It’s the big day so why not end this series of turkey photos with a shot a nice, big tom turkey? Happy Thanksgiving and thanks for supporting http://www.BirdsOfNewEngland.com
Since it’s almost Thanksgiving I figured, why not? As in, why not post a new photo of a turkey each day until the big day. Here’s Wednesday’s photo.
Since it’s almost Thanksgiving I figured, why not? As in, why not post a new photo of a turkey each day until the big day. Here’s Tuesday’s photo.
Here is the latest For the Birds column, which runs in several New England newspapers.
Somehow, it’s time for Thanksgiving already. It feels like yesterday that we were welcoming 2017 — by the way, how did those resolutions turn out?
And here we are at turkey time.
Speaking of turkey time, as I often do at this time of year, I will focus this column on the wild turkey.
After a few failed attempts, reintroduction programs in the 1970s and 1990s successfully brought the bird back to New England. The wild turkey again thrives in our region.
I have seen turkeys a few hundred feet from Long Island Sound at a park in southern Connecticut, and I have seen them on camping trips to Pittsburg, N.H., near the Canadian border. They are abundant everywhere in between, too.
We hadn’t seen each other in a while so we caught up at my place and hung out for a while. Then we stopped at a bar for a quick drink before heading to the festival at the west campus of Western Connecticut State University. Parking, of course, was a minor issue at the venue as we drove around the lot looking for a space. Eventually we turned around and headed back out of the venue to grab the nearest on-road parking spot, leaving a sizable walk for us to get to the show.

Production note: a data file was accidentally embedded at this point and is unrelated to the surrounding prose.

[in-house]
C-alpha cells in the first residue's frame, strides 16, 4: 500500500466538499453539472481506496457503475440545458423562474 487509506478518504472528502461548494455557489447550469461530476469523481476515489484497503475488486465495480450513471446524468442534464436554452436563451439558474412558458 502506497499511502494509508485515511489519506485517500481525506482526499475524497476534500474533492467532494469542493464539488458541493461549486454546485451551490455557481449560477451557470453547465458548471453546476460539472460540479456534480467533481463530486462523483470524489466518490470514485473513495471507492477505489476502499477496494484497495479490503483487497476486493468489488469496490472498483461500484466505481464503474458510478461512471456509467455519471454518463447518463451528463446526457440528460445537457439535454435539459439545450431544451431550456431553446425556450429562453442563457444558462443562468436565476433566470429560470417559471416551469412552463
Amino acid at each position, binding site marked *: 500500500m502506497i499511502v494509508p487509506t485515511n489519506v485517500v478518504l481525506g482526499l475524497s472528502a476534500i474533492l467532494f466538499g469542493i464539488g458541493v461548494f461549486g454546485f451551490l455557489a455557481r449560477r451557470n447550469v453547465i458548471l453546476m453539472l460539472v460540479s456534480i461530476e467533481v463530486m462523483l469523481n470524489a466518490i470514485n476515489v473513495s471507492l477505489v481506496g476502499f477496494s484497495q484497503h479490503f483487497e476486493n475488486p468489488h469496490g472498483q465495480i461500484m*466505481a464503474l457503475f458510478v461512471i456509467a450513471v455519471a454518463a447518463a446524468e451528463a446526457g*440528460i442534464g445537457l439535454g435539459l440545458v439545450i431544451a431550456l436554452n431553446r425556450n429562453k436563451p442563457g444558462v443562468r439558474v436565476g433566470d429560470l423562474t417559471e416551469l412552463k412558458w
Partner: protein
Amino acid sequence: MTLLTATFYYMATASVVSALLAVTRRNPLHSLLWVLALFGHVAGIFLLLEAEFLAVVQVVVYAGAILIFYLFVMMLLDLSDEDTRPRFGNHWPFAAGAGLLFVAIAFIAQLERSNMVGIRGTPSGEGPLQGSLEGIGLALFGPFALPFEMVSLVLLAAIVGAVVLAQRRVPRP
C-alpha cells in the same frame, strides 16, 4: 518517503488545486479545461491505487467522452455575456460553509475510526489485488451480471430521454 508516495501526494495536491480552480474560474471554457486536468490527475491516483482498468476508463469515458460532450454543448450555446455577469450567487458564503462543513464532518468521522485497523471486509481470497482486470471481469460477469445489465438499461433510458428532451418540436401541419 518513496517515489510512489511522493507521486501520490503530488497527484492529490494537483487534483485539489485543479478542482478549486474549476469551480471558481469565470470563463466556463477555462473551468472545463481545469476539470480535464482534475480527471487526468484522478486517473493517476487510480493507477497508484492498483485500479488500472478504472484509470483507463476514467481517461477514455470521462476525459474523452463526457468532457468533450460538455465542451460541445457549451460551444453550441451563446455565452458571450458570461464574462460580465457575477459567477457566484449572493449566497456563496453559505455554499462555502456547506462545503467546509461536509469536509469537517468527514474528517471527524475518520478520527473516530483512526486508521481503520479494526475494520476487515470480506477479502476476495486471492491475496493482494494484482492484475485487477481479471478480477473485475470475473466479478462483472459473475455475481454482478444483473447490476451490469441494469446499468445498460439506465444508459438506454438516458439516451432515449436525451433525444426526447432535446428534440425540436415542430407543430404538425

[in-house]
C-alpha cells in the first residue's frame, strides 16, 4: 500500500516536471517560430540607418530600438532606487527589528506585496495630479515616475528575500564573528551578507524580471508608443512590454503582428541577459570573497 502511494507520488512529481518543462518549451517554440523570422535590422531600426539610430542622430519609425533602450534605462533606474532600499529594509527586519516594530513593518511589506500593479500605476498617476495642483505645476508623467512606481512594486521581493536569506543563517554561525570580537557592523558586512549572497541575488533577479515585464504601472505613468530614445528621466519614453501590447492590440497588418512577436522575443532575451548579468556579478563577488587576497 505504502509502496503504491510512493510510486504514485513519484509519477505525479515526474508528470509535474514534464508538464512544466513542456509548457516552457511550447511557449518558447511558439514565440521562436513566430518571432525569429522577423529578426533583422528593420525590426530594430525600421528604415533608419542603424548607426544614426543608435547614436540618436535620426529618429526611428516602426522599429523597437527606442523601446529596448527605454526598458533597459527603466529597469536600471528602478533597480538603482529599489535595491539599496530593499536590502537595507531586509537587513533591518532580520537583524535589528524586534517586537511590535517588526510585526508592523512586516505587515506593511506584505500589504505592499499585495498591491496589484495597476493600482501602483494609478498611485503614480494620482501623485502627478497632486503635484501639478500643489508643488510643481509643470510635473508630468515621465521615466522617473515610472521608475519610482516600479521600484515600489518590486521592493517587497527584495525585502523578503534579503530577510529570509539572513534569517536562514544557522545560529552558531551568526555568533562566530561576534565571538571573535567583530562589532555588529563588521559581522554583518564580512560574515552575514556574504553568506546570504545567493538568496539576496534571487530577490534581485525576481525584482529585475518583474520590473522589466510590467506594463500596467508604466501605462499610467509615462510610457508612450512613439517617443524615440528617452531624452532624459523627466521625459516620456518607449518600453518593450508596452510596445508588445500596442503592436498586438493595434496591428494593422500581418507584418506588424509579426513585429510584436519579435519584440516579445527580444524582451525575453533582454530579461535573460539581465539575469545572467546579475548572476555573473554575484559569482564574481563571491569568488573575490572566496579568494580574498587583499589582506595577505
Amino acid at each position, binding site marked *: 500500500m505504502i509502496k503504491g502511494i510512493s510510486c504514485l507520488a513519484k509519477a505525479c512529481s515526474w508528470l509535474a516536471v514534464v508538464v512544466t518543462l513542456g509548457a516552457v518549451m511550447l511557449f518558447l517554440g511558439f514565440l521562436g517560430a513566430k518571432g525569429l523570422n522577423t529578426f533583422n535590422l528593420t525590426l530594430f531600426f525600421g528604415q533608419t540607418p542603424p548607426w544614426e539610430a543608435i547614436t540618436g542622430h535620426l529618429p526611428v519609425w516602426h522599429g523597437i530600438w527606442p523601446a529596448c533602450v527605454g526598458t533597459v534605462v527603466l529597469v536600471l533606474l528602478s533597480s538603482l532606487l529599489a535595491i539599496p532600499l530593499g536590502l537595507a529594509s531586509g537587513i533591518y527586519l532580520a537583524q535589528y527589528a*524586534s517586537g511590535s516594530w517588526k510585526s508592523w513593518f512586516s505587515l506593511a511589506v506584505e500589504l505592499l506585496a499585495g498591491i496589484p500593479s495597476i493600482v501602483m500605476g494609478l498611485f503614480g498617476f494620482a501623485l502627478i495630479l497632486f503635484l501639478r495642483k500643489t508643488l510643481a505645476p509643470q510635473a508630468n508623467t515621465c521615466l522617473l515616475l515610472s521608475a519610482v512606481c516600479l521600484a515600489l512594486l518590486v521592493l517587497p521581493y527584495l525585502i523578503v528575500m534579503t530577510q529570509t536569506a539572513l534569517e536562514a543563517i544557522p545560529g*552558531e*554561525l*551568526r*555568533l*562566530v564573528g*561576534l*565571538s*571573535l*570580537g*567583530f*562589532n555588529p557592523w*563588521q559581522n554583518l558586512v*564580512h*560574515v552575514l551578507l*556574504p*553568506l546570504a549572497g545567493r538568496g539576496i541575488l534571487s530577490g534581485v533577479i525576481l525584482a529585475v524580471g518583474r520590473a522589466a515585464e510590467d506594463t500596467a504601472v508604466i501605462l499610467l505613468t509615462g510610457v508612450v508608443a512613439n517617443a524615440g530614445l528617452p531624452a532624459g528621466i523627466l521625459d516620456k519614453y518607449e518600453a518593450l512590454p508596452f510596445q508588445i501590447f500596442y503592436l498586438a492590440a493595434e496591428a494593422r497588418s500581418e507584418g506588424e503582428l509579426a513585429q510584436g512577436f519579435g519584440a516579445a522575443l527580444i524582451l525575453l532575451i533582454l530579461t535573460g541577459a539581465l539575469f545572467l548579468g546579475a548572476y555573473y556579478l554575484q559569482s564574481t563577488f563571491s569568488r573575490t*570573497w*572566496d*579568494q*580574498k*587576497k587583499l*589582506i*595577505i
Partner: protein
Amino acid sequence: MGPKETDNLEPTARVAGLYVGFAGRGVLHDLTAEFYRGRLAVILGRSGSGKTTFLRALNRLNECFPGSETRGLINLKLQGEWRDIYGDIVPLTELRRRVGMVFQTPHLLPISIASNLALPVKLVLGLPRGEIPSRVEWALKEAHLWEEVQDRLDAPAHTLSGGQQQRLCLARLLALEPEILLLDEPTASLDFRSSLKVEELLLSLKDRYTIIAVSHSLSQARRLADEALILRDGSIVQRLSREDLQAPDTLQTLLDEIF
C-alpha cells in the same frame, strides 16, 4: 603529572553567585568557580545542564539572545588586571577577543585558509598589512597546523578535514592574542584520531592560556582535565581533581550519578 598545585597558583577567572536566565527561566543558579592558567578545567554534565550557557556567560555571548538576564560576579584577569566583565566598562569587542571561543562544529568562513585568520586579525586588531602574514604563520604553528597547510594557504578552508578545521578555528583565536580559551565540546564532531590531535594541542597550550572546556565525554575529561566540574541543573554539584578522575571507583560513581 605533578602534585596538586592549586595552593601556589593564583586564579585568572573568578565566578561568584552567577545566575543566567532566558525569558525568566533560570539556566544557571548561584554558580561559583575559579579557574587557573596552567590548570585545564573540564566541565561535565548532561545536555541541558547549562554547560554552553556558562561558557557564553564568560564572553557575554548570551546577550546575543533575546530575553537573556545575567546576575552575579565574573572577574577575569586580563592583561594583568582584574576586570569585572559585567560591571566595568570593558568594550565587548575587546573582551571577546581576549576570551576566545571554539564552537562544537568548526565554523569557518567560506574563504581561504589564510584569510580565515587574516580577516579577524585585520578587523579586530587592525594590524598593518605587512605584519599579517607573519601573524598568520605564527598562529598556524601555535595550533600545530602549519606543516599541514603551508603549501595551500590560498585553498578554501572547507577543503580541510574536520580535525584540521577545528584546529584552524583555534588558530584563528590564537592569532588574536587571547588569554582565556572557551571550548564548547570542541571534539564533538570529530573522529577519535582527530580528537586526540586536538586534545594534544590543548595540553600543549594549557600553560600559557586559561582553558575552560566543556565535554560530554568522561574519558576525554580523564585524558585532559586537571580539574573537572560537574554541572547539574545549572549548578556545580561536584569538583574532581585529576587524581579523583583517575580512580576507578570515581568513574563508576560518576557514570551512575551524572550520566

The reason I got into so much detail is because the timing of this had to be just perfect. If we hadn’t stopped at the bar, or if we had found parking immediately, we would have missed it.
As we headed to the security area, and there were, I’m guessing, Continue reading
This one was all Will.
I was throwing the football around with Will, my 10-year-old, when he suddenly stopped by a tree and said: “Dad, come check this out.” He had found a cicada emerging from its nymph exoskeleton. In all my years, I’ve never seen this before. I’ve seen dozens of exoskeletons lying round but long after the cicada had emerged and started making its trademark noises from the trees.
This was also like no other cicada I had ever seen before. To be clear, I’m no expert on cicadas. Far from it. But I’ve seen plenty of them over the years. This one had green wings, really cool aqua-green wings. And green legs to boot. Perhaps they will change to clear wings after it is in the world a little longer, but at that moment anyway, it had green wings.
Will took a bunch of photos with my phone while I rushed for my camera and macro lens. His photos came out pretty well, too. I’ll include one at the bottom.
Nature has surprises around every corner. Sometimes it takes a 10-year-old to find them.
Here’s Will’s iPhone shot. Not bad.
OK, so I fibbed a bit in my last post. Here’s the last photo from my recent trip to Pittsburg, N.H. What’s a photo compilation of a trip to northern New Hampshire without a loon?
Happy Fourth of July everyone!
As you might suspect from my last post, I have plenty of song sparrow photos. Here are a couple bonus ones: a new one on the top and one I took several years ago below.